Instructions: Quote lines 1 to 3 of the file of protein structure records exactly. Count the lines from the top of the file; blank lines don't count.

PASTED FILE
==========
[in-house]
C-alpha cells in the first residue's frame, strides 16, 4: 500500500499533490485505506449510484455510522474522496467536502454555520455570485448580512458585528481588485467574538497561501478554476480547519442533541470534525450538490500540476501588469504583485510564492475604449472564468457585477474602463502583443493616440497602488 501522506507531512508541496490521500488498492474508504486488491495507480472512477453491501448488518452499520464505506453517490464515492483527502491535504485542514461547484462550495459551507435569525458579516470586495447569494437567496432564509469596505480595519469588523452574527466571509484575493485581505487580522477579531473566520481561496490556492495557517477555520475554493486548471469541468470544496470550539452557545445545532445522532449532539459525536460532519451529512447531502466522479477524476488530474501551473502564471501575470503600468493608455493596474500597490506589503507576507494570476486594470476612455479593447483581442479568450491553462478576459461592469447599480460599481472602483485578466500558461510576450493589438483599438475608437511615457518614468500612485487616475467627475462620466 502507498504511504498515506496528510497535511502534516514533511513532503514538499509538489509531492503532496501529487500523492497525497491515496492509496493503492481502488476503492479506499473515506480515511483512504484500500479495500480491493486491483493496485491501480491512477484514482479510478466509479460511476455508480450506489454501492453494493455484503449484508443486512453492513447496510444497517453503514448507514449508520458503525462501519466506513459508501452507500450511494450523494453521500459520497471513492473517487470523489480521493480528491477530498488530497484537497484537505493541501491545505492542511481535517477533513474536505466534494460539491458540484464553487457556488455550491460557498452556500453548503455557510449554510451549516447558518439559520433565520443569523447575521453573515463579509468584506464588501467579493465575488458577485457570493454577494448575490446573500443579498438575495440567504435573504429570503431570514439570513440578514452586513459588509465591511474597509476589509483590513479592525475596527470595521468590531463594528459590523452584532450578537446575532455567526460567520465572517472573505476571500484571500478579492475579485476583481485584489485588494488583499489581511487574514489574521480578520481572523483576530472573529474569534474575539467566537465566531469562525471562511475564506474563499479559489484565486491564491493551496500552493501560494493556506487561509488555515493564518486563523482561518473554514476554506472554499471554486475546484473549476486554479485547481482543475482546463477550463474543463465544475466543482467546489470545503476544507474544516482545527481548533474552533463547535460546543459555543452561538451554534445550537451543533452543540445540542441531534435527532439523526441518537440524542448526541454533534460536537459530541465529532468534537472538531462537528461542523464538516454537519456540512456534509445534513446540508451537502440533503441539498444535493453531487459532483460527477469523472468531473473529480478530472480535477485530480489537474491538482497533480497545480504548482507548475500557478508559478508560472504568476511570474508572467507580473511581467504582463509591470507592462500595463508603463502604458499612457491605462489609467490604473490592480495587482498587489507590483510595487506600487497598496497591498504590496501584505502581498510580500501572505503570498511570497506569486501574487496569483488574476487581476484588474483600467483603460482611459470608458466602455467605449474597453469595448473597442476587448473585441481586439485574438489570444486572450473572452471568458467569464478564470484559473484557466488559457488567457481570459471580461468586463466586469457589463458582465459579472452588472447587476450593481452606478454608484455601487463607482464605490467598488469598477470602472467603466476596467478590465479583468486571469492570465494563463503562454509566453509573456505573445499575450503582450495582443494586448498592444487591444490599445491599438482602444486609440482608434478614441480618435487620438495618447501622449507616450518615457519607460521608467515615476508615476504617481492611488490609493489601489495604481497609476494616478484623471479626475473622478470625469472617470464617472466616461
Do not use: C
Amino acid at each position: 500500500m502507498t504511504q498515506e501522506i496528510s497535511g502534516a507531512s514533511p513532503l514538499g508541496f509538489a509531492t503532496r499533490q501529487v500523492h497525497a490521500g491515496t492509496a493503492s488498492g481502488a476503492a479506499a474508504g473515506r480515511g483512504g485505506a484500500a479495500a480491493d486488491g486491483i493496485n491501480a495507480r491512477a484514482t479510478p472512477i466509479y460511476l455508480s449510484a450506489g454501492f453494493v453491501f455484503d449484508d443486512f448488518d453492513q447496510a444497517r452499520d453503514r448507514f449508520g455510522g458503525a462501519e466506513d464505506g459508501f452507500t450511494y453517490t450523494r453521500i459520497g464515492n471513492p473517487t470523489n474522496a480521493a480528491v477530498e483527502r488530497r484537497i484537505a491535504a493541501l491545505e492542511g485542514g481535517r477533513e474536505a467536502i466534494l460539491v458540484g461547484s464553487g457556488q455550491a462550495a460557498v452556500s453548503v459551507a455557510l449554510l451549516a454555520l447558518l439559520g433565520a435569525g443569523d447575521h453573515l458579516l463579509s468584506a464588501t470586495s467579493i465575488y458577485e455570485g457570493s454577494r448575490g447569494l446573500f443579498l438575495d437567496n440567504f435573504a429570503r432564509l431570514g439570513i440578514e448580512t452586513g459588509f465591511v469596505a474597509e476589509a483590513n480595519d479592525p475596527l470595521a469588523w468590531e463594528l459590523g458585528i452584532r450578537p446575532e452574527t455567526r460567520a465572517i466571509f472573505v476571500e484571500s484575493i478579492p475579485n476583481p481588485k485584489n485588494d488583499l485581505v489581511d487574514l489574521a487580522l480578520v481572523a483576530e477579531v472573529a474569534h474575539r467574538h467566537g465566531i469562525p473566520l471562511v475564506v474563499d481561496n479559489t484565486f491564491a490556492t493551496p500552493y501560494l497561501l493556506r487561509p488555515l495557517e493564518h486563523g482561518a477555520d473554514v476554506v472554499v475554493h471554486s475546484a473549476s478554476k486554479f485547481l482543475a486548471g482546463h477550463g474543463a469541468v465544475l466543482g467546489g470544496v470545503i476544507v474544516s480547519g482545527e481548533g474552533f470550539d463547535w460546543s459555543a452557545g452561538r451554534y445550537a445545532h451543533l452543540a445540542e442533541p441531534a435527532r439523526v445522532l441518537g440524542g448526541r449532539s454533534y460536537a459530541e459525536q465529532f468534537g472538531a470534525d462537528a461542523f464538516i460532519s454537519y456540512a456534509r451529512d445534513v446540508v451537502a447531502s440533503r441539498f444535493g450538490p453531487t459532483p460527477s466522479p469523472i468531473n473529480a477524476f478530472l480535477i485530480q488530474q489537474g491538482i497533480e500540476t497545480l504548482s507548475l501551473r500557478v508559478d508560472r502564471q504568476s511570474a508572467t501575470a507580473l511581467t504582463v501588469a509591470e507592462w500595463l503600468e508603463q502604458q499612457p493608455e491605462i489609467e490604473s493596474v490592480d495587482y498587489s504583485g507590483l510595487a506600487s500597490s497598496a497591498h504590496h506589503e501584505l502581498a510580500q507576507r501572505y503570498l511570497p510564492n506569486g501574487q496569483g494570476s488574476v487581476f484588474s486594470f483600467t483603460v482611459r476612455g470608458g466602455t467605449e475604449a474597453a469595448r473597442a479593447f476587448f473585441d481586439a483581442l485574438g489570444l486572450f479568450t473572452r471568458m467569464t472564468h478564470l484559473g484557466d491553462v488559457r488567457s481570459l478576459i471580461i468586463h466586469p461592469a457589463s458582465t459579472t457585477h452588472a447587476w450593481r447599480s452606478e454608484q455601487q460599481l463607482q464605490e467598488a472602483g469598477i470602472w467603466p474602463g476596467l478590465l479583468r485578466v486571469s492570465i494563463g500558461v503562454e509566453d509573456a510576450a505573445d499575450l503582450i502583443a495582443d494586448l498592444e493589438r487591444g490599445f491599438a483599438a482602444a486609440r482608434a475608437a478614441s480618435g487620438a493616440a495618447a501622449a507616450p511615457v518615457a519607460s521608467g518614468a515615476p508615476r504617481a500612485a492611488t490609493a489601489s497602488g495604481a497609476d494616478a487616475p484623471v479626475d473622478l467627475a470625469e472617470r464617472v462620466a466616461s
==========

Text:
[in-house]
C-alpha cells in the first residue's frame, strides 16, 4: 500500500499533490485505506449510484455510522474522496467536502454555520455570485448580512458585528481588485467574538497561501478554476480547519442533541470534525450538490500540476501588469504583485510564492475604449472564468457585477474602463502583443493616440497602488 501522506507531512508541496490521500488498492474508504486488491495507480472512477453491501448488518452499520464505506453517490464515492483527502491535504485542514461547484462550495459551507435569525458579516470586495447569494437567496432564509469596505480595519469588523452574527466571509484575493485581505487580522477579531473566520481561496490556492495557517477555520475554493486548471469541468470544496470550539452557545445545532445522532449532539459525536460532519451529512447531502466522479477524476488530474501551473502564471501575470503600468493608455493596474500597490506589503507576507494570476486594470476612455479593447483581442479568450491553462478576459461592469447599480460599481472602483485578466500558461510576450493589438483599438475608437511615457518614468500612485487616475467627475462620466 502507498504511504498515506496528510497535511502534516514533511513532503514538499509538489509531492503532496501529487500523492497525497491515496492509496493503492481502488476503492479506499473515506480515511483512504484500500479495500480491493486491483493496485491501480491512477484514482479510478466509479460511476455508480450506489454501492453494493455484503449484508443486512453492513447496510444497517453503514448507514449508520458503525462501519466506513459508501452507500450511494450523494453521500459520497471513492473517487470523489480521493480528491477530498488530497484537497484537505493541501491545505492542511481535517477533513474536505466534494460539491458540484464553487457556488455550491460557498452556500453548503455557510449554510451549516447558518439559520433565520443569523447575521453573515463579509468584506464588501467579493465575488458577485457570493454577494448575490446573500443579498438575495440567504435573504429570503431570514439570513440578514452586513459588509465591511474597509476589509483590513479592525475596527470595521468590531463594528459590523452584532450578537446575532455567526460567520465572517472573505476571500484571500478579492475579485476583481485584489485588494488583499489581511487574514489574521480578520481572523483576530472573529474569534474575539467566537465566531469562525471562511475564506474563499479559489484565486491564491493551496500552493501560494493556506487561509488555515493564518486563523482561518473554514476554506472554499471554486475546484473549476486554479485547481482543475482546463477550463474543463465544475466543482467546489470545503476544507474544516482545527481548533474552533463547535460546543459555543452561538451554534445550537451543533452543540445540542441531534435527532439523526441518537440524542448526541454533534460536537459530541465529532468534537472538531462537528461542523464538516454537519456540512456534509445534513446540508451537502440533503441539498444535493453531487459532483460527477469523472468531473473529480478530472480535477485530480489537474491538482497533480497545480504548482507548475500557478508559478508560472504568476511570474508572467507580473511581467504582463509591470507592462500595463508603463502604458499612457491605462489609467490604473490592480495587482498587489507590483510595487506600487497598496497591498504590496501584505502581498510580500501572505503570498511570497506569486501574487496569483488574476487581476484588474483600467483603460482611459470608458466602455467605449474597453469595448473597442476587448473585441481586439485574438489570444486572450473572452471568458467569464478564470484559473484557466488559457488567457481570459471580461468586463466586469457589463458582465459579472452588472447587476450593481452606478454608484455601487463607482464605490467598488469598477470602472467603466476596467478590465479583468486571469492570465494563463503562454509566453509573456505573445499575450503582450495582443494586448498592444487591444490599445491599438482602444486609440482608434478614441480618435487620438495618447501622449507616450518615457519607460521608467515615476508615476504617481492611488490609493489601489495604481497609476494616478484623471479626475473622478470625469472617470464617472466616461
Do not use: C